Magnesium Facts

Magnesium is the element in the periodic table with the chemical symbol Mg. The mineral got its name from the Greek city, Magnesia, where large deposits were found in a substance called magnesium carbonate, a magnesium salt with laxative properties. Magnesium carbonate and another magnesium compound, magnesium sulfate, are still used as laxatives. However, that is by no means the primary function of magnesium. Though not as publicized for its multiple roles in keeping us healthy as other vital minerals like sodium, calcium, and potassium, magnesium is likewise an essential component of our daily diet. In fact, the proper metabolism of many other nutrients is dependent on the presence of a sufficient concentration of magnesium in the bloodstream, bones, and tissues.

 Magnesium is the fourth most abundant mineral in the body but second only behind the potassium intercellularly. Approximately 60% of the 20-28 grams of magnesium in the human body is found in bone, with most of the remainder of soft tissues and only 1% in extracellular fluids. The brain and heart both contain significant amounts of magnesium.

Normal serum levels of magnesium fall in the range of about 1.7-2.5 mg/dL. Usually, unless some other underlying condition is interfering with either the absorption of the needed required amount of magnesium or elimination of the excess, these levels are maintained. The human body is remarkably efficient at keeping the concentration of magnesium in the blood from deviating much regardless of the day to day variations in intake.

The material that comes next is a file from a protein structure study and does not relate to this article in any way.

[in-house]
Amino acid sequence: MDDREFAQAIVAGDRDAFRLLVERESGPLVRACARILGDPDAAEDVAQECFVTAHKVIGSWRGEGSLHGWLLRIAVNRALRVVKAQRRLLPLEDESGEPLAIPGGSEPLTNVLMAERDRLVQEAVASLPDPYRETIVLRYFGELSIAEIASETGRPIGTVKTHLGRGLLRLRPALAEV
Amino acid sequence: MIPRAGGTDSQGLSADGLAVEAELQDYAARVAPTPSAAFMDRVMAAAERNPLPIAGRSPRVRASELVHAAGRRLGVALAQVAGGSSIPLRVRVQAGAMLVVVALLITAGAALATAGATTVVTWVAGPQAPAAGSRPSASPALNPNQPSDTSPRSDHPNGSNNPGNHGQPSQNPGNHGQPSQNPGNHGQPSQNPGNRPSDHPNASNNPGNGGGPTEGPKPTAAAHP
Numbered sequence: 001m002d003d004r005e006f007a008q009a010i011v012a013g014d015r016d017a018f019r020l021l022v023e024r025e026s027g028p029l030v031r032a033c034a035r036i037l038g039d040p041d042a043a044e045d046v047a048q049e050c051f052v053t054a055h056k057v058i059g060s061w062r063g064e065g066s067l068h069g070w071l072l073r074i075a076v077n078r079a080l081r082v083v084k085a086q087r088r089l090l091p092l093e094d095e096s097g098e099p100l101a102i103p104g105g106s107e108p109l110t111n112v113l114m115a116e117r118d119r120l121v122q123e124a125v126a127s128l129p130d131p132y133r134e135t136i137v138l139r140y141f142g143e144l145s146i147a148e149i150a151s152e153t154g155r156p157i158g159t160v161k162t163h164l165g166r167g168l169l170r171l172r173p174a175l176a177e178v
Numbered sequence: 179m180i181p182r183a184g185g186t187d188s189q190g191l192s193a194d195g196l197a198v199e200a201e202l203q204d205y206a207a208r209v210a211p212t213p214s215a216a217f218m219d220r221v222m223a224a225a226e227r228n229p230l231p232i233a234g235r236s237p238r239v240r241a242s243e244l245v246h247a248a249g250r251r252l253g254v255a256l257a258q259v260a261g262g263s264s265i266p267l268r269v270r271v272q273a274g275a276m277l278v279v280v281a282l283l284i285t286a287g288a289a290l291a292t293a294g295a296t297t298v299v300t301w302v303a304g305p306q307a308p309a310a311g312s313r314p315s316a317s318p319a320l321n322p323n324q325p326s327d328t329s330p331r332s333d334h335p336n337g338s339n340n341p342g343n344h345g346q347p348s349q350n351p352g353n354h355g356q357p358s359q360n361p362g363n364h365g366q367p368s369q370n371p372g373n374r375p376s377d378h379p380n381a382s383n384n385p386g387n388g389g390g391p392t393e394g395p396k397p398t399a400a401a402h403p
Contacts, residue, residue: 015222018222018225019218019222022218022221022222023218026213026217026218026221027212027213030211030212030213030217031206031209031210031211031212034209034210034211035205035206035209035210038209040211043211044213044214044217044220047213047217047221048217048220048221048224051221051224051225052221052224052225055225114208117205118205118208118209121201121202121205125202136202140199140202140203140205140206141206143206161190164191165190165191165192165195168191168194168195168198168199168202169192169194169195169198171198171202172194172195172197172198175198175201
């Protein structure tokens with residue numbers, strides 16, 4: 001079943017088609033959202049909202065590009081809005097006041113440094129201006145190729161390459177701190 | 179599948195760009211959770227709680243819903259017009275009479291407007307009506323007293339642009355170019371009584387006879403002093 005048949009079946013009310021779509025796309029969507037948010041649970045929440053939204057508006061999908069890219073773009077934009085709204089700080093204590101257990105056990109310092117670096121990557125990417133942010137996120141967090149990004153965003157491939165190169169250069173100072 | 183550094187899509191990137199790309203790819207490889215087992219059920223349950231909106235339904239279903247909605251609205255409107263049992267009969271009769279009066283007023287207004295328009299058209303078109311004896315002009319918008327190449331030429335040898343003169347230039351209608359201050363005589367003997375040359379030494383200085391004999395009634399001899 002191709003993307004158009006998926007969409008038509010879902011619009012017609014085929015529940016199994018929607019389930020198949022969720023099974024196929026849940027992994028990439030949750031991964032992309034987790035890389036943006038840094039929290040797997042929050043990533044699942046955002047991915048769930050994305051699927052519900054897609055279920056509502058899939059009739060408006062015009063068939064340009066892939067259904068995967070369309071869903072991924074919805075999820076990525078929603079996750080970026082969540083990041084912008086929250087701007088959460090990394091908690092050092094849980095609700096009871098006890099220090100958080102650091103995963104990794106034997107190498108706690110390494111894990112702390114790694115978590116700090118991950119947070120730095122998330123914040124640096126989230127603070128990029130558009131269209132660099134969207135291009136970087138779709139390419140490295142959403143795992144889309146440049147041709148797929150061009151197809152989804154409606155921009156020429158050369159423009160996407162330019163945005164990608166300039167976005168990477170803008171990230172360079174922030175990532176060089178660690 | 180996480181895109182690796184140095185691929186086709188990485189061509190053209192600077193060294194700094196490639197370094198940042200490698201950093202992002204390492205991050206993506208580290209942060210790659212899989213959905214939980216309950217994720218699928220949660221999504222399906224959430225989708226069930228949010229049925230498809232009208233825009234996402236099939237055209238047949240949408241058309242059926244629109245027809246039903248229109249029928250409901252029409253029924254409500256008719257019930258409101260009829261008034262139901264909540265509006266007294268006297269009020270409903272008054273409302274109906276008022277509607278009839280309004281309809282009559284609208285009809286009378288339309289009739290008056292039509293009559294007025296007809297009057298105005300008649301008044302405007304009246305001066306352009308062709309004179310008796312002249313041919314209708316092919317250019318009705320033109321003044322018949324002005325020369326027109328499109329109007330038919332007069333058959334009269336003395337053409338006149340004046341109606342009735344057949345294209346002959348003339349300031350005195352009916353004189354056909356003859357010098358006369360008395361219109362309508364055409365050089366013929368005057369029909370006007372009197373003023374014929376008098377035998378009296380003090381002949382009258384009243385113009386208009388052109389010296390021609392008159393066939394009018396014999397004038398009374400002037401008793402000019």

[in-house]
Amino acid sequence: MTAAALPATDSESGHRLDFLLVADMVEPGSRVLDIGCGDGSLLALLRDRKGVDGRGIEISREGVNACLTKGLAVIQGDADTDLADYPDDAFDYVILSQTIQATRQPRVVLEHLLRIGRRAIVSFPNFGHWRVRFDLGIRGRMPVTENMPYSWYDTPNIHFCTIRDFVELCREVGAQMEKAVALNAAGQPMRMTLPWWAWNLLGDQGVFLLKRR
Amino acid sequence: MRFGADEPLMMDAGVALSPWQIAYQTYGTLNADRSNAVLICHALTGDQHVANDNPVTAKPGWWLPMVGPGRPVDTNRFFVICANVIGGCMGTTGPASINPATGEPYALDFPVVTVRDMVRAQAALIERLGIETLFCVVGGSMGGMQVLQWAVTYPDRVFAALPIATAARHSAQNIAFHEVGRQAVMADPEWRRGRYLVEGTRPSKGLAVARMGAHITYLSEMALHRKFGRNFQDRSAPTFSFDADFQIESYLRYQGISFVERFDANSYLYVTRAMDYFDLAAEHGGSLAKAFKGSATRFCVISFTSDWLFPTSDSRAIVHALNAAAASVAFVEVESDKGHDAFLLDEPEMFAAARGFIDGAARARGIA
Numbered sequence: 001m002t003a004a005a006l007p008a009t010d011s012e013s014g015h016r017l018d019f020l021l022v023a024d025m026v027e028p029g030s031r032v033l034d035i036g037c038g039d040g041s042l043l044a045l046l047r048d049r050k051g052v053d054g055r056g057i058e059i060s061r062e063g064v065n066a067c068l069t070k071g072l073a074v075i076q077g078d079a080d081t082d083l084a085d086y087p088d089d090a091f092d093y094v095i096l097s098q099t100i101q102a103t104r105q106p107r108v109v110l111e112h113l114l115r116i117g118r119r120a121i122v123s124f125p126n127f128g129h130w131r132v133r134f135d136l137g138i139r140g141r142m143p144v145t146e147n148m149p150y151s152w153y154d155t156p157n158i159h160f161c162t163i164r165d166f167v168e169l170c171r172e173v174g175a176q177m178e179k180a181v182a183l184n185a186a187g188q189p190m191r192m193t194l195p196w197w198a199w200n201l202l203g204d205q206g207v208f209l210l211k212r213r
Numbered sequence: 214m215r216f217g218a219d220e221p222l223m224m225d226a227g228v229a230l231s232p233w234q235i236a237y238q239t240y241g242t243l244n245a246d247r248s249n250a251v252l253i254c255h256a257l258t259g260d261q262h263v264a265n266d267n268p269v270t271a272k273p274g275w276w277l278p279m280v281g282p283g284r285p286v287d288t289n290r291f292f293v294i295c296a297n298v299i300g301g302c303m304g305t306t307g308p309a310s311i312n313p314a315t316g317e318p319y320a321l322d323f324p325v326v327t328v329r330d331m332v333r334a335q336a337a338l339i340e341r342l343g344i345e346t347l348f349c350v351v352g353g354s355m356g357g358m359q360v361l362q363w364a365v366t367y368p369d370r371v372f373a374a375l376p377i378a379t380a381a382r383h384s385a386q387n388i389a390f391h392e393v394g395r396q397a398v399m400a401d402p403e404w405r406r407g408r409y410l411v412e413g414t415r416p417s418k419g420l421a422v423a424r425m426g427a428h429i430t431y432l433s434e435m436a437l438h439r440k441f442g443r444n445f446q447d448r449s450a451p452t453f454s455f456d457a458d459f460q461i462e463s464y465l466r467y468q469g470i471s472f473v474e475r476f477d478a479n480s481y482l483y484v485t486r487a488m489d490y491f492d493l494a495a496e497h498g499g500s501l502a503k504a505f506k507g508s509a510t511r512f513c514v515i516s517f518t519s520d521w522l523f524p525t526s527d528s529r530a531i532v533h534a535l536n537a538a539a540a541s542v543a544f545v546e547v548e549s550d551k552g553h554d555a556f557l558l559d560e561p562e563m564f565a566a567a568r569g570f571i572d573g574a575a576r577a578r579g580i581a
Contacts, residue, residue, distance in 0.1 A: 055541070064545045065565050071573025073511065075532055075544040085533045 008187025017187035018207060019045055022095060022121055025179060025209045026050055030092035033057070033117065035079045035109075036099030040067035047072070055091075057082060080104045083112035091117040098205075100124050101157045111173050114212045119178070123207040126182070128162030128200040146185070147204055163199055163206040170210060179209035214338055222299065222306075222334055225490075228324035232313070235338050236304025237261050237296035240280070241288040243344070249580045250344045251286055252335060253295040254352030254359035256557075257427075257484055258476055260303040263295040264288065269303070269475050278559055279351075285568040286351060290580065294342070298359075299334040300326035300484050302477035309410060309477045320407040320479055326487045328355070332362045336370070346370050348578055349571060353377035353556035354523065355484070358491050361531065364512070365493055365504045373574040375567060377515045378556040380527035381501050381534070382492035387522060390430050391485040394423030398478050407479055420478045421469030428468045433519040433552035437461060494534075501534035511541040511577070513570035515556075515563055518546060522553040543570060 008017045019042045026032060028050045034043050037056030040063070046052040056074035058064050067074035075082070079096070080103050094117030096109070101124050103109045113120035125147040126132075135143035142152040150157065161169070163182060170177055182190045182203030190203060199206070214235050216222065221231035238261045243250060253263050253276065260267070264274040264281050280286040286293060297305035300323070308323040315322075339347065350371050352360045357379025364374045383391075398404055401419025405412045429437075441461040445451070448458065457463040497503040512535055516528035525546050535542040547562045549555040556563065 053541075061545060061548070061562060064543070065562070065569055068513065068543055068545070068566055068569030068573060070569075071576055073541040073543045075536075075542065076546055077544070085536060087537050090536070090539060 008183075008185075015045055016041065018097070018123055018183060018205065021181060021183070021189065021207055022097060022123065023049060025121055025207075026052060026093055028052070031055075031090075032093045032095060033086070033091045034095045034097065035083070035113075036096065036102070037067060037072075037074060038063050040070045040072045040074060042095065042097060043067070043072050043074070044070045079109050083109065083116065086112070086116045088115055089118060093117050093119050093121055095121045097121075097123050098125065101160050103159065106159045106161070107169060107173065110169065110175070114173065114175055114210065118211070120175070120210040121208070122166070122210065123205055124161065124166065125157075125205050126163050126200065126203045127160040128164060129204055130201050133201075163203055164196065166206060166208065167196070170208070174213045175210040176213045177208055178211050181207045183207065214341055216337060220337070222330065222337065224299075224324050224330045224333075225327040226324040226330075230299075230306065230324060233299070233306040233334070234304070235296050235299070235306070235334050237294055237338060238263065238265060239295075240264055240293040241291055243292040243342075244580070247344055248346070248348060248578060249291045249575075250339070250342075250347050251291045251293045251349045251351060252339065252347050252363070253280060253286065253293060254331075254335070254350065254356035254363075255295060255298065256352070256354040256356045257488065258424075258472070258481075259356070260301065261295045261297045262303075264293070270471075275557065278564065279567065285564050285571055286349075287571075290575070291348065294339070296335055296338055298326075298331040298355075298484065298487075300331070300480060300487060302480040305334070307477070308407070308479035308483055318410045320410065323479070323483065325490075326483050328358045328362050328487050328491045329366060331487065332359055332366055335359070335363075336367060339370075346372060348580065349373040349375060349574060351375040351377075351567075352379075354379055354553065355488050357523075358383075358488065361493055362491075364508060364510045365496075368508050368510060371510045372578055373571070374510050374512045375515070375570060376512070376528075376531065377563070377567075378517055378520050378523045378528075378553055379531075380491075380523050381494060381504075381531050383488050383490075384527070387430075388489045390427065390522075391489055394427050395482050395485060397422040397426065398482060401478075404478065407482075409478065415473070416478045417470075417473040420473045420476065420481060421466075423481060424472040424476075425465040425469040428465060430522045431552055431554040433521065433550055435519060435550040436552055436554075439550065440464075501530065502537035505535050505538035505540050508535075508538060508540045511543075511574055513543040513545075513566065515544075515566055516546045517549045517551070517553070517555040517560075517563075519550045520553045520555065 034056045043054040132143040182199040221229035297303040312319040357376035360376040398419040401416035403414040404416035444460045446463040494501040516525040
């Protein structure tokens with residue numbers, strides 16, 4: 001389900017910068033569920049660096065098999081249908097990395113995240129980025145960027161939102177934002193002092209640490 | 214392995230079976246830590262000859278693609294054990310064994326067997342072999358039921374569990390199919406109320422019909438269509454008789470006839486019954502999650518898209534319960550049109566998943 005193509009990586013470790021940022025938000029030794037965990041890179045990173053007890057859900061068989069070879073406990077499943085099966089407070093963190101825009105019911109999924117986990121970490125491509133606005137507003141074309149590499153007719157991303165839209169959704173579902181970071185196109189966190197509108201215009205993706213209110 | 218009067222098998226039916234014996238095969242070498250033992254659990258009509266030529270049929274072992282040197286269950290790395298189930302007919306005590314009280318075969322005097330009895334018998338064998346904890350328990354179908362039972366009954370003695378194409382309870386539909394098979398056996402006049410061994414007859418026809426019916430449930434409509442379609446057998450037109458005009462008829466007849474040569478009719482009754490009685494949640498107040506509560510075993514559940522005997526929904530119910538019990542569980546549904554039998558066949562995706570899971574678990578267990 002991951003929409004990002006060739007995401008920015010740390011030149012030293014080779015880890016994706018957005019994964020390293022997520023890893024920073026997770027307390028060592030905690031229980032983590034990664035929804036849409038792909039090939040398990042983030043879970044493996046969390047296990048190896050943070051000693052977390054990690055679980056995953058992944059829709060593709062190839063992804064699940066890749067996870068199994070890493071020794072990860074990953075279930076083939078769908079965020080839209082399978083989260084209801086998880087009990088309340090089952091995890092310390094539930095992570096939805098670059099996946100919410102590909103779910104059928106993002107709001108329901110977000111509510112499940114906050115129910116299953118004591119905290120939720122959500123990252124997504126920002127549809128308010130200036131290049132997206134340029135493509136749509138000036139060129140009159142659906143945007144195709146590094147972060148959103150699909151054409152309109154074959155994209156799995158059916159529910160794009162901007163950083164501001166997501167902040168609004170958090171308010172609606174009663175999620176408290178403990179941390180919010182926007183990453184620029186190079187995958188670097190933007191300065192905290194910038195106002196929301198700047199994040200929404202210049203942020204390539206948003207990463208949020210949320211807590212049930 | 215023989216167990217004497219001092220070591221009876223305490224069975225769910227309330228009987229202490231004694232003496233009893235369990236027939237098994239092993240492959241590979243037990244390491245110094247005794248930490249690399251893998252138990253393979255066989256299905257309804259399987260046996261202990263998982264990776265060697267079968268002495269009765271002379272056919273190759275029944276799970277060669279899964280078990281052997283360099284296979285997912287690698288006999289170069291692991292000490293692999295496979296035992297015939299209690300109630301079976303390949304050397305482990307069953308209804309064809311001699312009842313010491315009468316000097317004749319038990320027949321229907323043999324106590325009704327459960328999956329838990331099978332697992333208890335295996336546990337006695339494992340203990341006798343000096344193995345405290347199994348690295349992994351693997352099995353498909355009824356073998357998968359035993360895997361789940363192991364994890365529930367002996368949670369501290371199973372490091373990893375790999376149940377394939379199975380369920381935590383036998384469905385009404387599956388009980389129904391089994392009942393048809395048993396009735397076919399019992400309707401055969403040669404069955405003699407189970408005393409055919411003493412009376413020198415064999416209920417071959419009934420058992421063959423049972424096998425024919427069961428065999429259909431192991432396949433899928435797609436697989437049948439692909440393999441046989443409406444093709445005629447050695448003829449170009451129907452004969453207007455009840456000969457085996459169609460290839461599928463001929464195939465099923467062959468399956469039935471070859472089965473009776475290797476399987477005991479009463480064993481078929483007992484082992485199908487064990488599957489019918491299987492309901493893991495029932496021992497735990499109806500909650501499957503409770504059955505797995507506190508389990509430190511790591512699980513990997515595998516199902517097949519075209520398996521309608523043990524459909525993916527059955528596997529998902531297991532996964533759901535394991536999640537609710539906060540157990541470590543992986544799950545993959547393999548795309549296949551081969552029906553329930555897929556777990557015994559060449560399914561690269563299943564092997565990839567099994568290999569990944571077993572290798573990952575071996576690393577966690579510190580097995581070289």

Maintaining this homeostasis not only of the absolute levels of magnesium but of the ratio of the concentration of magnesium in the blood to that of other essential minerals such as calcium is critical. Serious, even life-threatening, health problems can result otherwise. Since the body cannot manufacture magnesium on its own, it depends on receiving the necessary amounts of it in the diet. Fortunately, the ready availability of magnesium in a wide variety of foods, as well as in supplement form when needed, makes the potentially dire consequences relating to either pronounced deficiency or toxicity of magnesium  uncommon.